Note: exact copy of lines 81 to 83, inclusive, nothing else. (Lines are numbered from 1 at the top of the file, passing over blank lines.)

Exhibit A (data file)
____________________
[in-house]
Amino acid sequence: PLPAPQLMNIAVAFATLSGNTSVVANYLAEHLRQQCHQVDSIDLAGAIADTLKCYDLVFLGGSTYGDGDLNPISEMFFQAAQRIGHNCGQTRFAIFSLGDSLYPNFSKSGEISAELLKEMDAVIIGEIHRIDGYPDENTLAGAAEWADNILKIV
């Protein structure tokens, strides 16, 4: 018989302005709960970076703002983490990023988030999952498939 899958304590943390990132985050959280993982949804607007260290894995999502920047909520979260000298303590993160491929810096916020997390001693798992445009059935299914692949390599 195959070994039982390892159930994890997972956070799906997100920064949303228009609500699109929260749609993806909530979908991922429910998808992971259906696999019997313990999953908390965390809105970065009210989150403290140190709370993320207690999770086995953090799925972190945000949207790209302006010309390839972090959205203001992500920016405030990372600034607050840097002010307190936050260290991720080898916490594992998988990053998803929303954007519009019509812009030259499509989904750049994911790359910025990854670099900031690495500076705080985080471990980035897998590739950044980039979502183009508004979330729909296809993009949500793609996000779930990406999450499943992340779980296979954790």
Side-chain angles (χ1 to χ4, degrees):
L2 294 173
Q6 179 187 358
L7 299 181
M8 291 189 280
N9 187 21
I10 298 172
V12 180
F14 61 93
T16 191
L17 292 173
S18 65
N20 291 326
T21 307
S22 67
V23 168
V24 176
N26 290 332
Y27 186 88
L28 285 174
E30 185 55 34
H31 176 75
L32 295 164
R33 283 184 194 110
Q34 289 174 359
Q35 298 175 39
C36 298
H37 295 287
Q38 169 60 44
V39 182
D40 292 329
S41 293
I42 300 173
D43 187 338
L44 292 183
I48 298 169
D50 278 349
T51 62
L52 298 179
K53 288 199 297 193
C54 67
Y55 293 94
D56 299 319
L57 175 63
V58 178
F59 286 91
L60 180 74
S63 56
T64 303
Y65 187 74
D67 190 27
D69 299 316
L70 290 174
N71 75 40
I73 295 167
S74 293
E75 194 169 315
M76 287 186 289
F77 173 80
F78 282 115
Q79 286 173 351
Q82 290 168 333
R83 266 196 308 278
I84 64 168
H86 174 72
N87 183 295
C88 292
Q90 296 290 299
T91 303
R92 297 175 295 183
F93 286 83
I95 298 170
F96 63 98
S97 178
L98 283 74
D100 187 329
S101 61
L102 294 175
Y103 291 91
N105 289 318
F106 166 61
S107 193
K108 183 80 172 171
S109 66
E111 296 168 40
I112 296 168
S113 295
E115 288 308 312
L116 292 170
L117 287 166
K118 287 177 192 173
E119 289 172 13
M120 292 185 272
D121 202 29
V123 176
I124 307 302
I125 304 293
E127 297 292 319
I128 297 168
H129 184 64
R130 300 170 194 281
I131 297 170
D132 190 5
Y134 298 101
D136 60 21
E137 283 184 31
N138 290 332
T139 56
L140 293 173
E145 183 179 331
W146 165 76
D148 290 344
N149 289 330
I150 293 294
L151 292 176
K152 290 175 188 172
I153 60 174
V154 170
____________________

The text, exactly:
L102 294 175
Y103 291 91
N105 289 318